Out-Law Analysis | 24 May 2018 | 9:54 am | 2 min. read
The Blocking Regulation is designed to counteract the effects of extra-territorial secondary sanctions imposed by the US by providing protection against their effect to EU residents and nationals and EU businesses. It has previously been applied, with mixed results, in an attempt to protect EU persons from the application of US sanctions imposed on Cuba and Libya, as well as sanctions imposed on Iran before the Joint Comprehensive Plan of Action (JCPoA) was agreed.
If implemented as proposed by the EU, the Blocking Regulation would prohibit compliance with the newly-announced US secondary sanctions on Iran. However, it does not oblige EU persons to engage in Iranian business, and there may be wider commercial reasons why they choose not to do so.
How would the Blocking Regulation operate?
The EU intends to update the Blocking Regulation to include the secondary sanctions that the US intends to re-impose on Iran in the coming months.
The regulation would operate in four ways in respect of the reactivated US Iranian secondary sanctions:
The Blocking Regulation is directly applicable to EU member states, and it will be up to the member states to enforce its provisions and specify the penalties for breaching its terms in national legislation. Historically, there has been mixed EU enforcement activity in connection with the Blocking Regulation.
The European parliament and the European Council have two months to object to the updating of the Blocking Regulation before it can enter into force, although this period can be shortened if both institutions signal that they do not object. Both institutions have the same period to object to additional measures announced by the European Commission, which are designed to remove obstacles to the European Investment Bank deciding to finance activities outside the EU in Iran under the EU budget guarantee.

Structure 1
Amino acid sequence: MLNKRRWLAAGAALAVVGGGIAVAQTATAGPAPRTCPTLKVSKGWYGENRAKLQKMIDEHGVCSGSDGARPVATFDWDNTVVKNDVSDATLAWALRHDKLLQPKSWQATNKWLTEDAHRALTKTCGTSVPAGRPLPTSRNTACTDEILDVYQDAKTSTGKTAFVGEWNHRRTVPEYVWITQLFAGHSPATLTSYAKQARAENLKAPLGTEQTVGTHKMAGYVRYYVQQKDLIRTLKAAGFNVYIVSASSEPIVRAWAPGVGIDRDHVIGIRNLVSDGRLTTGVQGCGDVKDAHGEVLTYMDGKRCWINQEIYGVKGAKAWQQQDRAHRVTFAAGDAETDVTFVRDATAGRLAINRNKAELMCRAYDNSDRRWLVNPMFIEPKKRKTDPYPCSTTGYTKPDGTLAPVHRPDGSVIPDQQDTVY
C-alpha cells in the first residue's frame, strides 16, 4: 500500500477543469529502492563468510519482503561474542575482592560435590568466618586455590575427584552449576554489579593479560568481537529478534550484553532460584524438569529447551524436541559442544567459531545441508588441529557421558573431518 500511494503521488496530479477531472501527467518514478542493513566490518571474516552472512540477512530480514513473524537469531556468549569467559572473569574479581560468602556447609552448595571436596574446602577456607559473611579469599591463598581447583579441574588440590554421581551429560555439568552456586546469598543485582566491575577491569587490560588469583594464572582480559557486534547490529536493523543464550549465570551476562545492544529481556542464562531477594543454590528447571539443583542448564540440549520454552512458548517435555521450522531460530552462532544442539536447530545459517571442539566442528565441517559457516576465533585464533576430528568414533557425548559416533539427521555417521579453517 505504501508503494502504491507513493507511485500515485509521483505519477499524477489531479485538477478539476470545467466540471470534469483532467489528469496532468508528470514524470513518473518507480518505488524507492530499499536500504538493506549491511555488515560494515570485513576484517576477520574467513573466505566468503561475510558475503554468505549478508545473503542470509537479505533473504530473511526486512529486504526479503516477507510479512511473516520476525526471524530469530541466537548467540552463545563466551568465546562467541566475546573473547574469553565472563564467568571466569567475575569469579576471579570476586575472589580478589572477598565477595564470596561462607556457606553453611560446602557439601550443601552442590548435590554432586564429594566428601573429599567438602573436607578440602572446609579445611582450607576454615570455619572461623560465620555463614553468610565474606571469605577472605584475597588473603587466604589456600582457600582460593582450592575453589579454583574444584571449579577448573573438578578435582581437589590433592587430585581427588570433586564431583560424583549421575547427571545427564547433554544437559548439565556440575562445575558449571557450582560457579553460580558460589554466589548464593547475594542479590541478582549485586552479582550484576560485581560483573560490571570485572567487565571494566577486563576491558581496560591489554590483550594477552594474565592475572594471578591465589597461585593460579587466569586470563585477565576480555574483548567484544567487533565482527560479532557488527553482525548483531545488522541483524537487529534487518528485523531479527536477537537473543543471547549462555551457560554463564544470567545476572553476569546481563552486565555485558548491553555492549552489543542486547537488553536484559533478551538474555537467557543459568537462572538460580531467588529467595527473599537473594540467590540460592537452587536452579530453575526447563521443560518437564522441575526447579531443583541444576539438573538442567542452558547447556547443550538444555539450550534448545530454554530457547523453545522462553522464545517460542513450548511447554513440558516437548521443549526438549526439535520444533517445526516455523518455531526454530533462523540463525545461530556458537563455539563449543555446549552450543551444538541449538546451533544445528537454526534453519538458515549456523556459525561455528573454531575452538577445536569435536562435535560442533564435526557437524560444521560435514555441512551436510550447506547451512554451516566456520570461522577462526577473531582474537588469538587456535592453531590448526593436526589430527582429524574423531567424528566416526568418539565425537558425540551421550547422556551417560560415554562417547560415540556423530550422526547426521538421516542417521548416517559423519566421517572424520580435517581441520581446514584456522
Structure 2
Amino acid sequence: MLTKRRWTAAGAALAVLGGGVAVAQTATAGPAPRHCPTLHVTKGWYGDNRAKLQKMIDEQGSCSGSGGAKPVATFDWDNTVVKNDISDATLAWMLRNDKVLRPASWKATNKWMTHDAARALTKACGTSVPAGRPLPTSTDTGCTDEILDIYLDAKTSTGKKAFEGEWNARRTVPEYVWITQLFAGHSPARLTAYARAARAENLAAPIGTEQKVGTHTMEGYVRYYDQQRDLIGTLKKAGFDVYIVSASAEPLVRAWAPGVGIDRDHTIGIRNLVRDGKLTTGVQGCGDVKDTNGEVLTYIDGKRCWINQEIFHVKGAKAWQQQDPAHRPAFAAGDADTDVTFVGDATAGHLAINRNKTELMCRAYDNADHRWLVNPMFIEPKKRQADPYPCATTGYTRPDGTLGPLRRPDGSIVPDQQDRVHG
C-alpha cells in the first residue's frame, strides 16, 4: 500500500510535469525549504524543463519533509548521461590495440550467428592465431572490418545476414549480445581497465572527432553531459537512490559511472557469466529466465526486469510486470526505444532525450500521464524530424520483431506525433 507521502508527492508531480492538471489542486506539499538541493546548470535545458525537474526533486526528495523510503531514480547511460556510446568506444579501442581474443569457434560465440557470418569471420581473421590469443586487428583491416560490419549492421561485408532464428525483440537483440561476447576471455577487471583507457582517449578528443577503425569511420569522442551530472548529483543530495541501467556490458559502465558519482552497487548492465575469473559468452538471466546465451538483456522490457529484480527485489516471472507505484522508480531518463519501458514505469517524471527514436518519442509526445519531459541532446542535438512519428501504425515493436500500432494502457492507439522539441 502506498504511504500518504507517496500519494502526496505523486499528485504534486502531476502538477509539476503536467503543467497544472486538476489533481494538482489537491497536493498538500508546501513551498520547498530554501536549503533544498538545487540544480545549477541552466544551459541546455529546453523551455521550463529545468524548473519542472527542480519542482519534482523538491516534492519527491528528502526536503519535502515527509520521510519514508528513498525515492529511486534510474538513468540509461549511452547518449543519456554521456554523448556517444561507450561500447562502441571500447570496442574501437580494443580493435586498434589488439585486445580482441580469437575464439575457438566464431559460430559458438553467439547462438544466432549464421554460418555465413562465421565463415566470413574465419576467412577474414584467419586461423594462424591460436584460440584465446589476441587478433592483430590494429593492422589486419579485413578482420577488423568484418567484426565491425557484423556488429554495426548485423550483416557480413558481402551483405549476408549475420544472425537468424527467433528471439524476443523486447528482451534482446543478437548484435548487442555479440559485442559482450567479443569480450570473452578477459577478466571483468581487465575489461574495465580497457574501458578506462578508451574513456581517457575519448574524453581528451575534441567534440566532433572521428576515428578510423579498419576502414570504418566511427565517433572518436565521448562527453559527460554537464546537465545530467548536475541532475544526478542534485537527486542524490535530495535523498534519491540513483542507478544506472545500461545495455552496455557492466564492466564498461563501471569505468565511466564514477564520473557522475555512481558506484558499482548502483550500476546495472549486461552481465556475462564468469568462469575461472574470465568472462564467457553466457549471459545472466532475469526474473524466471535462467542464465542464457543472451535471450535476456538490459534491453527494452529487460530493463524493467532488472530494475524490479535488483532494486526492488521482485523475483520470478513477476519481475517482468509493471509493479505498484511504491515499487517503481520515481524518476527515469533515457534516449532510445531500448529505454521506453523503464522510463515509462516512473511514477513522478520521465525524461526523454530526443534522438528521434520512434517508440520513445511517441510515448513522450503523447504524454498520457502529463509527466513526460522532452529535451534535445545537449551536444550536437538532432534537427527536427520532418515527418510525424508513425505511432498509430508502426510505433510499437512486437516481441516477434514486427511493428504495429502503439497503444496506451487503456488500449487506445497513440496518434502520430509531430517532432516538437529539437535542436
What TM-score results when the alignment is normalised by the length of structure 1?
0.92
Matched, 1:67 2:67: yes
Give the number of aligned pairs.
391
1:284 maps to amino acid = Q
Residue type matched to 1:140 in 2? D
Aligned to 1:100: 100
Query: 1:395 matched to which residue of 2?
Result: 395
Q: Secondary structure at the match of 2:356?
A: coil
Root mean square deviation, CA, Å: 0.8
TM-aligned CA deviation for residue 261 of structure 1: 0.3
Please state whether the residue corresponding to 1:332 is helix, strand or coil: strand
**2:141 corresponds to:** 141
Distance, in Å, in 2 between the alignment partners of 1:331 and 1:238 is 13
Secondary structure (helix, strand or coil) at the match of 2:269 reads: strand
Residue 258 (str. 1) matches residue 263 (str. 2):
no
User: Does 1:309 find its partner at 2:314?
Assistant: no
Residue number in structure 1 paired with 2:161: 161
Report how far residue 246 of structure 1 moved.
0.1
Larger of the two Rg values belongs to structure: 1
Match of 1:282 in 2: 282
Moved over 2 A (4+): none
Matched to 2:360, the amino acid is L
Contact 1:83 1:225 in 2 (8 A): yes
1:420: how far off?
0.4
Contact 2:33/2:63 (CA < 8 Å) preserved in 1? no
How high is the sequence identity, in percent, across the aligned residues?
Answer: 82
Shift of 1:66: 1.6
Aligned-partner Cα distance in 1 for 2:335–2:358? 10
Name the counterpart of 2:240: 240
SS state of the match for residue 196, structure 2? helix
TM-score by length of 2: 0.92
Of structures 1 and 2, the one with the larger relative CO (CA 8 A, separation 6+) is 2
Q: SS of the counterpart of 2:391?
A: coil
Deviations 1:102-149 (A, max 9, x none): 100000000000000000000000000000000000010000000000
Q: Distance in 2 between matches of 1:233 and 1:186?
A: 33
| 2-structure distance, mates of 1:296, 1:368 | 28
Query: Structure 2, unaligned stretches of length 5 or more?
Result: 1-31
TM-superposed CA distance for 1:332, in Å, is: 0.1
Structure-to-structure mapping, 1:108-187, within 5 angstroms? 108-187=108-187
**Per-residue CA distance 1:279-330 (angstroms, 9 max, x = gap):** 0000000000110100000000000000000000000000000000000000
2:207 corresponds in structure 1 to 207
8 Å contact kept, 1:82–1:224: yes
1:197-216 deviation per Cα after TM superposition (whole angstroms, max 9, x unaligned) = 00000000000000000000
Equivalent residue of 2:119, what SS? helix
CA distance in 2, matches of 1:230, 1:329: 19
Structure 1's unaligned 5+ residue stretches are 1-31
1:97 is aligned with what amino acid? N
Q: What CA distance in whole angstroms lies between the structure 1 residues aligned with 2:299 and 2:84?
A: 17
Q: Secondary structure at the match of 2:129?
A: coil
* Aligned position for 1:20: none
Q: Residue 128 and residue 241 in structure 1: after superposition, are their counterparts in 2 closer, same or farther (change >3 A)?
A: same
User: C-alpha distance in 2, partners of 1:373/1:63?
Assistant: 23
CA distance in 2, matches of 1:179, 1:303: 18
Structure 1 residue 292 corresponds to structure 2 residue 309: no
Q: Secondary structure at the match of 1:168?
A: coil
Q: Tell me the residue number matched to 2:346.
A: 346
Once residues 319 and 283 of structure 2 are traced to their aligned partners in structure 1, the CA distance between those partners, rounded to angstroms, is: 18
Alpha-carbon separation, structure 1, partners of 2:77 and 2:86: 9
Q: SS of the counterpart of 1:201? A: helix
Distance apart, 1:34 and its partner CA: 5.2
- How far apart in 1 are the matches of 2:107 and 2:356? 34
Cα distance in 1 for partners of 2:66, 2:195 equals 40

How effective will the Blocking Regulation be?
The effectiveness of the Blocking Regulation will depend on the appetite of EU persons to continue with business in Iran and risk being denied access to the US business and financial markets; denied travel to the US; and, in extreme cases, becoming a target of US sanctions.
Practical issues would also arise for EU persons when dealing with EU financial institutions. The majority of these are linked to and reliant on the US financial market and, notwithstanding the temporary lifting of sanctions under the JCPoA, had predominantly remained wary of business with Iran.
Politically, however, the implementation of the Blocking Regulation may serve two goals. Firstly, it shows a commitment to Iran to enforce the terms of the JCPoA; and secondly, it acts as a potential tool to negotiate from the US government waivers for EU persons from aspects of the secondary sanctions. The Commission perhaps hinted at this second goal when it stated in its press release that implementing the Blocking Regulation could "be ended if political circumstances no longer justify the adoption of the measures".
Stacy Keen is a regulatory law expert at Pinsent Masons, the law firm behind Out-Law.com.